Throughout the world, from August 1 to 7, dissemination, promotion and support activities for breastfeeding are carried out. What is the role and commitment of the actors involved?
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In August 1990, the World Health Organization (WHO), UNICEF, several States and civil society organizations signed the Innocenti Declaration with the objective of protecting, promoting and supporting breastfeeding.
This year’s motto is: “Let’s empower ourselves. Let’s make breastfeeding possible!” And was launched by the World Alliance for Breastfeeding (WABA). This slogan attempts to challenge states, unions, employers and civil society organizations to develop solutions that lead to gender equality and improve breastfeeding rates.
The World Health Organization emphasizes the need for paid maternity leave of at least eighteen weeks and paid paternity leave in order to achieve equality in the care of daughters and sons. It also expresses that breastfeeding policies should be promoted in work environments (breastfeeding breaks, safe, private and hygienic spaces and childcare services).
Along the same lines, we argue that breastfeeding promotion and support cannot be achievable without thinking about public policies in the face of the care crisis. The sexual division of labor remains rigid and mainly affects women. Against this, actions that understand care as public responsibilities are necessary.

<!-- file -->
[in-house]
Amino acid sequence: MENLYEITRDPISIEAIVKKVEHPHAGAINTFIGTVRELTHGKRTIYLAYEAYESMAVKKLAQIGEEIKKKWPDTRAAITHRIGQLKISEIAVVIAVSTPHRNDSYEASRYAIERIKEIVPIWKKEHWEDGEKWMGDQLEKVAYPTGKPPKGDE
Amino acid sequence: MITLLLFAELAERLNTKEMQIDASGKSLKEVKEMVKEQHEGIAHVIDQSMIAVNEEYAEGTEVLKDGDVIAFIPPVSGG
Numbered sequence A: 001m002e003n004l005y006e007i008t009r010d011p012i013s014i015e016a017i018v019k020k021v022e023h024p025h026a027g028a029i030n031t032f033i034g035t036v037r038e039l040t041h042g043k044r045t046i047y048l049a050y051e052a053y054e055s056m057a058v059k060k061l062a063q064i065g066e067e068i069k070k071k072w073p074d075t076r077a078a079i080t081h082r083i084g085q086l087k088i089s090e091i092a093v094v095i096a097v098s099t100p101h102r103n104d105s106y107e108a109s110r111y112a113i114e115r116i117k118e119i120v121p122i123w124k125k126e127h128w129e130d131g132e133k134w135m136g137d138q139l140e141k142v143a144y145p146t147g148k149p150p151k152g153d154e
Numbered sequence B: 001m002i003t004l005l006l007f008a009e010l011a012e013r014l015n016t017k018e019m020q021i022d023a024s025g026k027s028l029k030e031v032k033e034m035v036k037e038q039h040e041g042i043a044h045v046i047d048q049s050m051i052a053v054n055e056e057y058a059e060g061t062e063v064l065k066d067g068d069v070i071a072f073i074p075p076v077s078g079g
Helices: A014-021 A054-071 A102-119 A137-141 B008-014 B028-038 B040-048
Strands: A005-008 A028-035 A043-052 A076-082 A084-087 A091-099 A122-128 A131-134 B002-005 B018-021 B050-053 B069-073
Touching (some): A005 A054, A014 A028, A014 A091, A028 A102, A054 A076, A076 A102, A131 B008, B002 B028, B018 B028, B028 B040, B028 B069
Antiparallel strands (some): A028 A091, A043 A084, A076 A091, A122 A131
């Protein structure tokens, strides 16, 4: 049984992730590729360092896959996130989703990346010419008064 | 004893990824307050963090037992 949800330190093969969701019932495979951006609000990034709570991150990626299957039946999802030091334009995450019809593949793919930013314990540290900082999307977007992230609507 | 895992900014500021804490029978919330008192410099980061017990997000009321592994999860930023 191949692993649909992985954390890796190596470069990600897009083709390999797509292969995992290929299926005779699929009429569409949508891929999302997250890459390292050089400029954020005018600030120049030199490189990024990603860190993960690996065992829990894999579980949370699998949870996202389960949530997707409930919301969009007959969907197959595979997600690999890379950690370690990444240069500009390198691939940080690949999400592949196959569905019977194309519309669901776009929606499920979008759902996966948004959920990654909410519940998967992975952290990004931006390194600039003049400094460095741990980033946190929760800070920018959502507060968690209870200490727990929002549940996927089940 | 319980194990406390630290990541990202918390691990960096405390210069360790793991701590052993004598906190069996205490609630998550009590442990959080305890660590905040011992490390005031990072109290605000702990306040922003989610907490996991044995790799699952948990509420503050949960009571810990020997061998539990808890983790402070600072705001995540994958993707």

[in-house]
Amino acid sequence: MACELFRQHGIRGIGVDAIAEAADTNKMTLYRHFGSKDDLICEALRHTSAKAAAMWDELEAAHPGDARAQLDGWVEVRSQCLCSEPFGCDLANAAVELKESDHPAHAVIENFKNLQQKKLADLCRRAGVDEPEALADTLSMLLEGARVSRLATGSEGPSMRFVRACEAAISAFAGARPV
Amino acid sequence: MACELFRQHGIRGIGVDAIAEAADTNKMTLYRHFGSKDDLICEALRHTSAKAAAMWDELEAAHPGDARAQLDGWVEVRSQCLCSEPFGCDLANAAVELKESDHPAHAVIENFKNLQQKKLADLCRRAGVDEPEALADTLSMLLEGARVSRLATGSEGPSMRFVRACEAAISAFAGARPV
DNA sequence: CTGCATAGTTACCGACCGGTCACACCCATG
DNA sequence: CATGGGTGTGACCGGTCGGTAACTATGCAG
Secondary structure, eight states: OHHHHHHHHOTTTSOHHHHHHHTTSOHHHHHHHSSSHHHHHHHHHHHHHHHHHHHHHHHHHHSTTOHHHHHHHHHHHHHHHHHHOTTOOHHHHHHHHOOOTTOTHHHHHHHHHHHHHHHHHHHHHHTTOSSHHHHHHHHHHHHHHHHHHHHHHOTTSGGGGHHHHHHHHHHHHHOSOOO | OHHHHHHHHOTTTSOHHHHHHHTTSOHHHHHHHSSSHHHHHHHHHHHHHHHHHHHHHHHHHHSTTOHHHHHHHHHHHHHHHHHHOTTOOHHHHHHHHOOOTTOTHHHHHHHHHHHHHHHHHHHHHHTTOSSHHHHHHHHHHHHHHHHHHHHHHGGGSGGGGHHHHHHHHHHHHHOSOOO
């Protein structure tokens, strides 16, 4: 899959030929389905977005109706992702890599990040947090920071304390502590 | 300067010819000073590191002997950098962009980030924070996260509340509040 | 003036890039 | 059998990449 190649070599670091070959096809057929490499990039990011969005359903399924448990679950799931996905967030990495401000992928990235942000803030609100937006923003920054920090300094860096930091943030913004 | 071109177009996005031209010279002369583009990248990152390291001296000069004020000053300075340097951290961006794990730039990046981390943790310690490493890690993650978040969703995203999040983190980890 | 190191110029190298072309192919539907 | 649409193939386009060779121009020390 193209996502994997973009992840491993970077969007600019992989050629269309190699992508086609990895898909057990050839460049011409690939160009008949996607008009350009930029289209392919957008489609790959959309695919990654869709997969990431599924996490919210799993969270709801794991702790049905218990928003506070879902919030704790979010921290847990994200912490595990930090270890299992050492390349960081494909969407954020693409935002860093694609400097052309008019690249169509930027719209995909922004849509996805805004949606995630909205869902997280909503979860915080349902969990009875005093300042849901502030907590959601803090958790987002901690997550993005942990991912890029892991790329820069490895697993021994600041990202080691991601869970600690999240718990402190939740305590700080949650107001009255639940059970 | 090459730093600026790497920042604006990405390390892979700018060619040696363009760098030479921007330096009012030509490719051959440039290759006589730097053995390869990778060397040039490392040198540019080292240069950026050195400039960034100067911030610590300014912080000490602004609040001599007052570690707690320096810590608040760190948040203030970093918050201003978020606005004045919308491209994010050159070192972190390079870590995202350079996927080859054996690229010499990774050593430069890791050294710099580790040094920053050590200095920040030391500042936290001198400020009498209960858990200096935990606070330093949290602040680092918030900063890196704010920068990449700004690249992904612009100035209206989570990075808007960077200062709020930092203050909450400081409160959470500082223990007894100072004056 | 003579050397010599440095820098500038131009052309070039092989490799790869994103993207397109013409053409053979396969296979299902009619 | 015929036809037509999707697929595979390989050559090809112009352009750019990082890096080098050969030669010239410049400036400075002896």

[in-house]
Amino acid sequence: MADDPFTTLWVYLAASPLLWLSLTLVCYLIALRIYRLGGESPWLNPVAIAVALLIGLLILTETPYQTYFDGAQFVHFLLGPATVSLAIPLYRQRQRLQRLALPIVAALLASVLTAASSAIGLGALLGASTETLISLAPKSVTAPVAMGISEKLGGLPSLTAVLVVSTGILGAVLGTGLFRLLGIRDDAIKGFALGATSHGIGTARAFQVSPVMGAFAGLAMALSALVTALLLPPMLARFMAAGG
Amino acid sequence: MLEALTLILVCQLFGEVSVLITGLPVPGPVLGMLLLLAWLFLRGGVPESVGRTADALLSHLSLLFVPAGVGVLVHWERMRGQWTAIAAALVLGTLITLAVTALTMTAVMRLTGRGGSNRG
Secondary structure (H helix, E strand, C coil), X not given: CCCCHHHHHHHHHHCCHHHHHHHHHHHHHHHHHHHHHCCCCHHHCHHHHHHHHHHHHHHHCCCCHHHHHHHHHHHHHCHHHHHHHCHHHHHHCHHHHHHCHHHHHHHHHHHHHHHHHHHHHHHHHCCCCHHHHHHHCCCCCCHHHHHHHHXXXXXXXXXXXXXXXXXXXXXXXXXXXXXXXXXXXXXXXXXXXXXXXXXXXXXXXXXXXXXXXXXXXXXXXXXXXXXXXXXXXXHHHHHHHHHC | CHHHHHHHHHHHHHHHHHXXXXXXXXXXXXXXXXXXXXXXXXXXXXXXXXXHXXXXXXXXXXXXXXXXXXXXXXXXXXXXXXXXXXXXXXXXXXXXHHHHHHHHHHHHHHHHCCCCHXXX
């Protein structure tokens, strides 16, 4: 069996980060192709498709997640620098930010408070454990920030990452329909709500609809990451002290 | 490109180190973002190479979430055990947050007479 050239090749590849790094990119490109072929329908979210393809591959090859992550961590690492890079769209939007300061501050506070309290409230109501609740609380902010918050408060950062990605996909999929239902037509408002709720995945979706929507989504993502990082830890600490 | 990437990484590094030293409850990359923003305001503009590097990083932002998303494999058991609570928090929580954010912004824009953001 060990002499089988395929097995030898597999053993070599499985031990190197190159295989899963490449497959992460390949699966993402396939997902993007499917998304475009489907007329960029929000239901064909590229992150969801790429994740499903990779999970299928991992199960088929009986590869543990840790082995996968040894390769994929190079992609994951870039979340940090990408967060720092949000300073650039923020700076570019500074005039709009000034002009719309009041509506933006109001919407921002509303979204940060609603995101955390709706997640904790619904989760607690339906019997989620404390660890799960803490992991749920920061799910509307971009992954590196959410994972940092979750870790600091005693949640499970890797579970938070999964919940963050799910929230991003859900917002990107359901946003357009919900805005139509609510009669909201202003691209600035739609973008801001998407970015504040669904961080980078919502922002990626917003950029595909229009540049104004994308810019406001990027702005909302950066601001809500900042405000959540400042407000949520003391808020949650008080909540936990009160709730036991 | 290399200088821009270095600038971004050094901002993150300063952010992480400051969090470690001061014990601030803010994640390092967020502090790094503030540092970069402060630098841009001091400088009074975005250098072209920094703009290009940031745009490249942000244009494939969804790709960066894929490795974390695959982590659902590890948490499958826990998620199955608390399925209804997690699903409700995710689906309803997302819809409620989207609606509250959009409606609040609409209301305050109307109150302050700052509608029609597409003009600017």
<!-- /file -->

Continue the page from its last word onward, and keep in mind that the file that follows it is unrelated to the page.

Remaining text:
Thus, public education, child care services, older adults and any person who requires special care from another and equal maternity and paternity leave must be part of public agendas. Also, the private sector is not out of these actions. Private companies are responsible for complying with labor regulations and collective bargaining agreements that promote and ensure equal and inclusive care and breastfeeding policies without gender stereotypes (ensuring the presence of lactaries in the workplace or respecting licenses).
The body of women, historically, has been a field of regulations. Here they play speeches disputing hegemonic knowledge. We understand that it is the responsibility of the States to promote public policies that allow social scenarios where women and people who care for girls and boys freely decide on breastfeeding, with useful and clear information, without stereotypes and patriarchal cultural mandates.
Cecilia Bustos Moreschi, email@example.com